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Could it be? Sum 41 grows up

The band does nonprofit work and have all purchased homes
/ Source: The Associated Press

Whether they like it or not, the punks from Sum 41 are growing up.

The Canadian foursome of 20-somethings has crafted a more focused and melodic new album, “CHUCK,” with a much heavier sound than their obnoxious teenage boy anthem “Fat Lip.” They have all recently become homeowners. And — gasp! — lead singer Deryck Whibley says he’s sick of going to strip clubs and getting drunk all the time.

Guys: We know you pride yourselves on crazy antics, on and off stage — but this is not how immature people behave.

The band named the new album for a United Nations worker who saved their lives while they were shooting a documentary in the Republic of Congo.

Charity starts as a band
Whibley, guitarist Dave Baksh, bassist Jay McCaslin and drummer Steve Jocz traveled there in May for the nonprofit group War Child Canada.

The last day of shooting, a yearlong peace was broken and gunfire erupted around them. After the U.N. worker helped them out of the hotel, which was directly in the line of fire, they spent hours huddled in a U.N. compound before getting a flight out.

“Surprisingly, the whole thing didn’t do much to us. It was crazy and we survived it, but it didn’t make me appreciate life or anything more,” Whibley said via phone from London. “What it did was give me an understanding of how awful it really is down there.”

Whibley says it’s not strange for a rock group to do nonprofit work.

“I think people are surprised by some of the things we do, that they are good things,” he said. “We’re still the same people, it doesn’t matter if we’re on stage yelling or doing charity work.”

Small town angstWhibley and the others are from Ajax, Ontario, a tiny town where there’s not much else to do but be angry about being stuck in a tiny town.

“When you’re living in a big city, there’s so much to see and do,” he said. “But when you’re living in a (expletive) town in the middle of nowhere there’s nothing else to do but music.”

The four have known each other about 10 years. About five years ago the band put together a video of sorts, set to their music, showing them egging houses and causing all sorts of trouble in their little town. The video caused a buzz in the music industry and the band was able to take their pick of record labels, choosing Island/Def Jam.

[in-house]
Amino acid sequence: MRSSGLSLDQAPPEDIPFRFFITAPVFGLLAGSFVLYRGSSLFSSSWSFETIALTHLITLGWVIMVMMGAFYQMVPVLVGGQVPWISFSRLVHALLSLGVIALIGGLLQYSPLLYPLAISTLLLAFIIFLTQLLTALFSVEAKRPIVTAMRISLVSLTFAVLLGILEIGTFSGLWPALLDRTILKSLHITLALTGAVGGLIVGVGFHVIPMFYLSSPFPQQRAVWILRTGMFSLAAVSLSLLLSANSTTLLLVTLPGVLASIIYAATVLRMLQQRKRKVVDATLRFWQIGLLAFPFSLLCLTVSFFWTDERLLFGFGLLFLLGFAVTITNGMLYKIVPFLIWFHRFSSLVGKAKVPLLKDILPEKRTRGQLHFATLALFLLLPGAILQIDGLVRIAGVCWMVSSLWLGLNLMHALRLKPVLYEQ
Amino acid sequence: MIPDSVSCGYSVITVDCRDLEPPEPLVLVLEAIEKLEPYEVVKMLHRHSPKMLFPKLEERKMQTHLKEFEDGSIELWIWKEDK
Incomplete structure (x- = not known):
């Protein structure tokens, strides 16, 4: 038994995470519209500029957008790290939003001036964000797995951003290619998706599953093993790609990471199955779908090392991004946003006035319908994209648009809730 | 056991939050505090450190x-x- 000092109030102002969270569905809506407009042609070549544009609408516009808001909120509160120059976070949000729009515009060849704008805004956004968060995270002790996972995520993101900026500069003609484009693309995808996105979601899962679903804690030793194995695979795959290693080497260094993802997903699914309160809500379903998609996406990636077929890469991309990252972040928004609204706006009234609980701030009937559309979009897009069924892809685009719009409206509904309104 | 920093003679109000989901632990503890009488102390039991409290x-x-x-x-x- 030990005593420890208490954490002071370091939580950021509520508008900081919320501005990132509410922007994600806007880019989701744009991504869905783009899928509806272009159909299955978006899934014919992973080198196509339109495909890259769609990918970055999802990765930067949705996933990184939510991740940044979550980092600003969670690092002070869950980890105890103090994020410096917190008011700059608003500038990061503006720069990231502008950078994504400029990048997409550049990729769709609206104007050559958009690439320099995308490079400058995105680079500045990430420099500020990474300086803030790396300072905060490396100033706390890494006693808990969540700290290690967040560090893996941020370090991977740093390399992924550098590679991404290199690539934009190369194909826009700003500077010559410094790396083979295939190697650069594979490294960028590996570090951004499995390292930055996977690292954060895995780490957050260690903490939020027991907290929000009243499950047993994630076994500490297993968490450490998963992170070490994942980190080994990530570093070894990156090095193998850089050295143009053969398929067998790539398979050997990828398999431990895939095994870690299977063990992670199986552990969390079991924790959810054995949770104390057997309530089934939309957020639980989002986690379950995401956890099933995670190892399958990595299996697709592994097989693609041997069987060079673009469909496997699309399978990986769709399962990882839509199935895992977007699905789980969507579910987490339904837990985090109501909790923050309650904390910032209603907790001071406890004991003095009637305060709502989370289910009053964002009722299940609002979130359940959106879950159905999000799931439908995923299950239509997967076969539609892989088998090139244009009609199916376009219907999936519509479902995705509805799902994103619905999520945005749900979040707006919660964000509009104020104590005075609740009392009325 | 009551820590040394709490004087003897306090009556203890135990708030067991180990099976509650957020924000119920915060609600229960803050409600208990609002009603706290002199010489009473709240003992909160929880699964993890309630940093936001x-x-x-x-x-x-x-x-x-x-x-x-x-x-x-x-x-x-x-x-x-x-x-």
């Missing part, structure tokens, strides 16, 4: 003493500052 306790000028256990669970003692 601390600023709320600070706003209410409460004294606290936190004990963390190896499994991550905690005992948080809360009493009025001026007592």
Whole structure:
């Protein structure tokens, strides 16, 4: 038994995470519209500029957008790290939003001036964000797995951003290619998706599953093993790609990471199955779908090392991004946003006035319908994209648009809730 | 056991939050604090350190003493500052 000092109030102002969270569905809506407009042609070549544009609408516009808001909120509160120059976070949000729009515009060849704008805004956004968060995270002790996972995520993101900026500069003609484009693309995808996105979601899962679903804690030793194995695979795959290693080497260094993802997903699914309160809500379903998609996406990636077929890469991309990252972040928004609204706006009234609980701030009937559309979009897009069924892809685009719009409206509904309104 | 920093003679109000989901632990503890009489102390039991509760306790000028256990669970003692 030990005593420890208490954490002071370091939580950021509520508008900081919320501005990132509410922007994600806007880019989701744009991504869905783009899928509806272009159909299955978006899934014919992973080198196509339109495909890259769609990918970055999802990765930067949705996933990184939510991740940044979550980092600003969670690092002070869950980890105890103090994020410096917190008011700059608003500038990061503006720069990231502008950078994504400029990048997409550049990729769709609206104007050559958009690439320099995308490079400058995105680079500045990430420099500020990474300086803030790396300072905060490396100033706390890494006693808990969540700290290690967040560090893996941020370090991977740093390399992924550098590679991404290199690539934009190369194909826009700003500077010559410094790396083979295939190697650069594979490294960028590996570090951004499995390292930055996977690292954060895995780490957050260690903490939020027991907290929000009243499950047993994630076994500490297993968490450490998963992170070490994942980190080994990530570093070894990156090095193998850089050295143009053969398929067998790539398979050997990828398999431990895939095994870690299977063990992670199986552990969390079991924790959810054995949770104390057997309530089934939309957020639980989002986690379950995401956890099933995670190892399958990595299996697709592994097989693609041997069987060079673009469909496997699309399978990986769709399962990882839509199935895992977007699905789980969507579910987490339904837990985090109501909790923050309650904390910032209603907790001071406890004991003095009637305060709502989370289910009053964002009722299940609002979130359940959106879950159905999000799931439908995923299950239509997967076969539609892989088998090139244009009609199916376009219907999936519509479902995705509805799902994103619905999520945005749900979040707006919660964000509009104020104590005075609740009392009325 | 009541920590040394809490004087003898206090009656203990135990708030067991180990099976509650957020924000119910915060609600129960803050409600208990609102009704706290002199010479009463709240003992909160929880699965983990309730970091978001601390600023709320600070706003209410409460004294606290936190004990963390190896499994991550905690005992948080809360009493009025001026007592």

Their first album, “All Killer No Filler,” sounds a little like old Beastie Boys stuff, and “Does This Look Infected?” is only about 32 minutes long.

Fans come of ageInitially, their shows drew a lot of young girls. “There’s no loyalty to bands when you’re that age,” Whibley said. “Your music taste changes every second. This time around we’ve gotten some guys and some older girls and we’re happier about it.”

He says the band still goes out every night in true rock star fashion, drinking and breaking things and frequenting nudie bars. But recently, when the band was shuttled to a posh London strip club to feast on steak and lobster and ogle the half-naked women serving drinks, Whibley just couldn’t get into it.

“I never thought I’d get to a point where I’m not that excited about seeing really hot, naked women,” he said. “I feel kind of spoiled saying it.”

He won’t say whether that has anything to do with his reported relationship with another angsty Canadian singer, Avril Lavigne. Whibley won’t talk about that at all, although he’s quick to correct a reporter who asks if Lavigne is 18 (“She’s 20.”)

Whibley changes the subject very fast, saying he’s always wanted to be more of a rock star than a musician.

“I didn’t want to be some guy playing a guitar in a bar,” he said. “But that doesn’t mean I don’t like to be musical or to experiment with new sounds. We don’t like repeating ourselves.”

Sounds like some pretty mature stuff.